It occurred to me that I could use narrow hemlock boards from local mills to create a very elegant (I hoped) rainscreen siding detail. It would use local and relatively inexpensive materials, it wouldn’t need paint or stain, installation could be simpler and faster if I got the details right, and if I installed it horizontally, the lowest courses could easily be replaced if the siding degraded due to splashback and snow banks. The damaged siding would not present a disposal concern – just toss it in the bushes and it becomes habitat for red backed salamanders. I was lucky to have a client with a taste for modernism allow me to try my ideas out on his home. The results were rather spectacular and gave me a sense of the potential. Now I am doing my second project with hemlock siding. The builders for this project (Webster Construction of Marlboro, Vermont) are quite familiar with good building science and modern products and methods. They saw the potential and were happy to give it a try plus they were able to improve my detailing in several ways which I can then incorporate into drawings and specifications for the next time around.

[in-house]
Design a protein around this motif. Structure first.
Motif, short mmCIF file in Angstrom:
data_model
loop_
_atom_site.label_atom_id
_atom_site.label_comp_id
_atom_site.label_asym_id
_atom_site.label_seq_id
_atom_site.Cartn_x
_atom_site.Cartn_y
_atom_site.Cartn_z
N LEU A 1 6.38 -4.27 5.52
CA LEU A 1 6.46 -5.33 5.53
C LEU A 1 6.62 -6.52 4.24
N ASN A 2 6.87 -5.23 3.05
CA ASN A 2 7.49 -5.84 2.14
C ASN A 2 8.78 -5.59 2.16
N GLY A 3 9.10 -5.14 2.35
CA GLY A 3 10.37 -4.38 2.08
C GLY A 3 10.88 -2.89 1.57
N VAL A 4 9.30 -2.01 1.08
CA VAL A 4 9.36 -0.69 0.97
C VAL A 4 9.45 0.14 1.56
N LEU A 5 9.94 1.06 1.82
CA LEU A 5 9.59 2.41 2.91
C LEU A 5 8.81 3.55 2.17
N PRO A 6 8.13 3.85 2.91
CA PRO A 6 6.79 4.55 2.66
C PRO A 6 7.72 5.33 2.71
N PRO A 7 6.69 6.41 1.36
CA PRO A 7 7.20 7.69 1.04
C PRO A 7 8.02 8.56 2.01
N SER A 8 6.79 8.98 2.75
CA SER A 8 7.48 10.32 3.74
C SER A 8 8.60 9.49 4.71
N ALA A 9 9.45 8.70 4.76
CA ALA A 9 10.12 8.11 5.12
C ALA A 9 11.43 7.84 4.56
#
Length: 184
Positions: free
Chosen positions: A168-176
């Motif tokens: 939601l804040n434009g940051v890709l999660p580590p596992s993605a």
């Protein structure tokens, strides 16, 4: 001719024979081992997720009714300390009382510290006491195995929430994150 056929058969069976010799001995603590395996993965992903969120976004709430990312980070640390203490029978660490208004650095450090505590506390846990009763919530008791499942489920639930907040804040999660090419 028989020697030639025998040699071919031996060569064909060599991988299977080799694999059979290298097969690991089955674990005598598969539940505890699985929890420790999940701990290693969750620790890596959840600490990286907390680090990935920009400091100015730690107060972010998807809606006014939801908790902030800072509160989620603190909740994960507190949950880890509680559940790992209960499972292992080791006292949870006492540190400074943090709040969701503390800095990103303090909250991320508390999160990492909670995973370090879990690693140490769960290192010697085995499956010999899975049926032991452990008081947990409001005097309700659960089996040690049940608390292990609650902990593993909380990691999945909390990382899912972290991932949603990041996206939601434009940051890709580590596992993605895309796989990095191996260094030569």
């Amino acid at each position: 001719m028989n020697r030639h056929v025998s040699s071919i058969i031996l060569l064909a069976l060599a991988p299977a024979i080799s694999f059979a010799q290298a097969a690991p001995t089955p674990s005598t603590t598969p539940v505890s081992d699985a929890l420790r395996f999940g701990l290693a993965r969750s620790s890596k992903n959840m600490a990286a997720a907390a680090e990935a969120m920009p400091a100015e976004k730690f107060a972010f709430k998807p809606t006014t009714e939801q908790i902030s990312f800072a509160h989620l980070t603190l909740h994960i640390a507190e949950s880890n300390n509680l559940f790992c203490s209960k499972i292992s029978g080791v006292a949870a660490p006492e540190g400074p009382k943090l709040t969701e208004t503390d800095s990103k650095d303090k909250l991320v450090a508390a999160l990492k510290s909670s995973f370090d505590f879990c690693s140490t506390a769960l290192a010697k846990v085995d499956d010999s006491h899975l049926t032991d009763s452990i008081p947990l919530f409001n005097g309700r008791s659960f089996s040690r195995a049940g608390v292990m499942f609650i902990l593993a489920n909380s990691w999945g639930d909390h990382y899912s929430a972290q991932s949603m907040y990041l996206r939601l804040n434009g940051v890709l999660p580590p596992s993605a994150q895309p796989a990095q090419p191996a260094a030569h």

The hemlock turns silvery gray within a year. The narrow boards create a woven, fabric-like aesthetic.
The hemlock is installed "green" with deck screws. This siding is all 1x3 so gaps will be quite small as the wood dries. Fiberglass bugscreen is installed directly behind the siding. strapping can be regular 1x3 strapping although coravent makes an excellent product for this purpose and should at least be used on any strapping set horizontally such as over and under windows.
This is the corner trim detail the builder came up with and I really like. One side runs long and is cut after installation. The other side is held back for a crisp reveal - very architecty! Of note: the deck is white oak (local) and the post is European Larch which is from a harvest of a Vermont tree farm. European larch is used in Europe as a durable siding material that needs no treatment.
detailing around windows is super simple. On the first house I used metal panels (installed by the roofer) to accentuate the windows and wrap corners. Here it is about as simple as it gets.